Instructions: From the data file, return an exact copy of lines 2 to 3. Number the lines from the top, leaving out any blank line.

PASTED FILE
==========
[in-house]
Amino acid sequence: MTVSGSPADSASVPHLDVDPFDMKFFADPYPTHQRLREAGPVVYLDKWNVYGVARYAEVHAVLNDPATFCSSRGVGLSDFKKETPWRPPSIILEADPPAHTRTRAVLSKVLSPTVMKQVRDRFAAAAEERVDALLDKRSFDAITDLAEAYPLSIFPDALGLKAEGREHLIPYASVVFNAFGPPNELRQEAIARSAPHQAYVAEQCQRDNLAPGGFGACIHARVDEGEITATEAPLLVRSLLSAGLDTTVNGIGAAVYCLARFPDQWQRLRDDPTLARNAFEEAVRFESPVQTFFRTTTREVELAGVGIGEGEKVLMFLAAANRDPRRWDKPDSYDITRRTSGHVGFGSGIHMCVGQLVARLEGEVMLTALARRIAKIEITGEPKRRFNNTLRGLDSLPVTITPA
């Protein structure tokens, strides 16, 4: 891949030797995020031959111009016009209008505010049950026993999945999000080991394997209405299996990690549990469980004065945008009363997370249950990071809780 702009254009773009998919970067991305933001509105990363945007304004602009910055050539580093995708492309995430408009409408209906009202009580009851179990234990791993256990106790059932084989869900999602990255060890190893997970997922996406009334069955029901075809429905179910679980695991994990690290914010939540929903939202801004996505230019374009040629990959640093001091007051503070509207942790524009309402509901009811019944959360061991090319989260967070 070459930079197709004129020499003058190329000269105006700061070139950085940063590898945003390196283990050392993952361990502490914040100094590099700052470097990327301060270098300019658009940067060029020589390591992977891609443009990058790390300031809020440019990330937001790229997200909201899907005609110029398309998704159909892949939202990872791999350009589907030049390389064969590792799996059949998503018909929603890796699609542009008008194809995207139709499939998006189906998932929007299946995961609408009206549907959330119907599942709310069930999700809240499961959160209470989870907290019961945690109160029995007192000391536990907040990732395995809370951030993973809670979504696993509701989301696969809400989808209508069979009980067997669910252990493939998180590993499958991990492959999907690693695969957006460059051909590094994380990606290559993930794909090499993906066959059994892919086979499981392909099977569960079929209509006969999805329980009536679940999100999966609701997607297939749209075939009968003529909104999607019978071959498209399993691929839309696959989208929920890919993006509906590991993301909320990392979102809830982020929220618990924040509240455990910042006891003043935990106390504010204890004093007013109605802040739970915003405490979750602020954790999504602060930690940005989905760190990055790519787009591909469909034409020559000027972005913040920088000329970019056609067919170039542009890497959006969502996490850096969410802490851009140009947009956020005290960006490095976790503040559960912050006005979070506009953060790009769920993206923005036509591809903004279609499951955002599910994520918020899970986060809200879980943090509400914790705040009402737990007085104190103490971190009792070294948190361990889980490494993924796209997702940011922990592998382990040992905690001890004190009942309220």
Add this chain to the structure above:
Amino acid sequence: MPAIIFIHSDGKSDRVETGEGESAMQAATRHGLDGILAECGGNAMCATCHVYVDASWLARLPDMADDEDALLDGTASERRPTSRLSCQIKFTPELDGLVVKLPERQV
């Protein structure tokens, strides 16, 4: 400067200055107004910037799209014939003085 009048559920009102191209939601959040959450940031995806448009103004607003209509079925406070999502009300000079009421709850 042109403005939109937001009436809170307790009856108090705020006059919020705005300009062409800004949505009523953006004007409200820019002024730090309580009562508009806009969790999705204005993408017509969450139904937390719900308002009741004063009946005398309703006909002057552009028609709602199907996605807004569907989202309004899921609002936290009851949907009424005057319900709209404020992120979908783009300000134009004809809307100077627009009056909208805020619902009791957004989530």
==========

Amino acid sequence: MTVSGSPADSASVPHLDVDPFDMKFFADPYPTHQRLREAGPVVYLDKWNVYGVARYAEVHAVLNDPATFCSSRGVGLSDFKKETPWRPPSIILEADPPAHTRTRAVLSKVLSPTVMKQVRDRFAAAAEERVDALLDKRSFDAITDLAEAYPLSIFPDALGLKAEGREHLIPYASVVFNAFGPPNELRQEAIARSAPHQAYVAEQCQRDNLAPGGFGACIHARVDEGEITATEAPLLVRSLLSAGLDTTVNGIGAAVYCLARFPDQWQRLRDDPTLARNAFEEAVRFESPVQTFFRTTTREVELAGVGIGEGEKVLMFLAAANRDPRRWDKPDSYDITRRTSGHVGFGSGIHMCVGQLVARLEGEVMLTALARRIAKIEITGEPKRRFNNTLRGLDSLPVTITPA
């Protein structure tokens, strides 16, 4: 891949030797995020031959111009016009209008505010049950026993999945999000080991394997209405299996990690549990469980004065945008009363997370249950990071809780 702009254009773009998919970067991305933001509105990363945007304004602009910055050539580093995708492309995430408009409408209906009202009580009851179990234990791993256990106790059932084989869900999602990255060890190893997970997922996406009334069955029901075809429905179910679980695991994990690290914010939540929903939202801004996505230019374009040629990959640093001091007051503070509207942790524009309402509901009811019944959360061991090319989260967070 070459930079197709004129020499003058190329000269105006700061070139950085940063590898945003390196283990050392993952361990502490914040100094590099700052470097990327301060270098300019658009940067060029020589390591992977891609443009990058790390300031809020440019990330937001790229997200909201899907005609110029398309998704159909892949939202990872791999350009589907030049390389064969590792799996059949998503018909929603890796699609542009008008194809995207139709499939998006189906998932929007299946995961609408009206549907959330119907599942709310069930999700809240499961959160209470989870907290019961945690109160029995007192000391536990907040990732395995809370951030993973809670979504696993509701989301696969809400989808209508069979009980067997669910252990493939998180590993499958991990492959999907690693695969957006460059051909590094994380990606290559993930794909090499993906066959059994892919086979499981392909099977569960079929209509006969999805329980009536679940999100999966609701997607297939749209075939009968003529909104999607019978071959498209399993691929839309696959989208929920890919993006509906590991993301909320990392979102809830982020929220618990924040509240455990910042006891003043935990106390504010204890004093007013109605802040739970915003405490979750602020954790999504602060930690940005989905760190990055790519787009591909469909034409020559000027972005913040920088000329970019056609067919170039542009890497959006969502996490850096969410802490851009140009947009956020005290960006490095976790503040559960912050006005979070506009953060790009769920993206923005036509591809903004279609499951955002599910994520918020899970986060809200879980943090509400914790705040009402737990007085104190103490971190009792070294948190361990889980490494993924796209997702940011922990592998382990040992905690001890004190009942309220």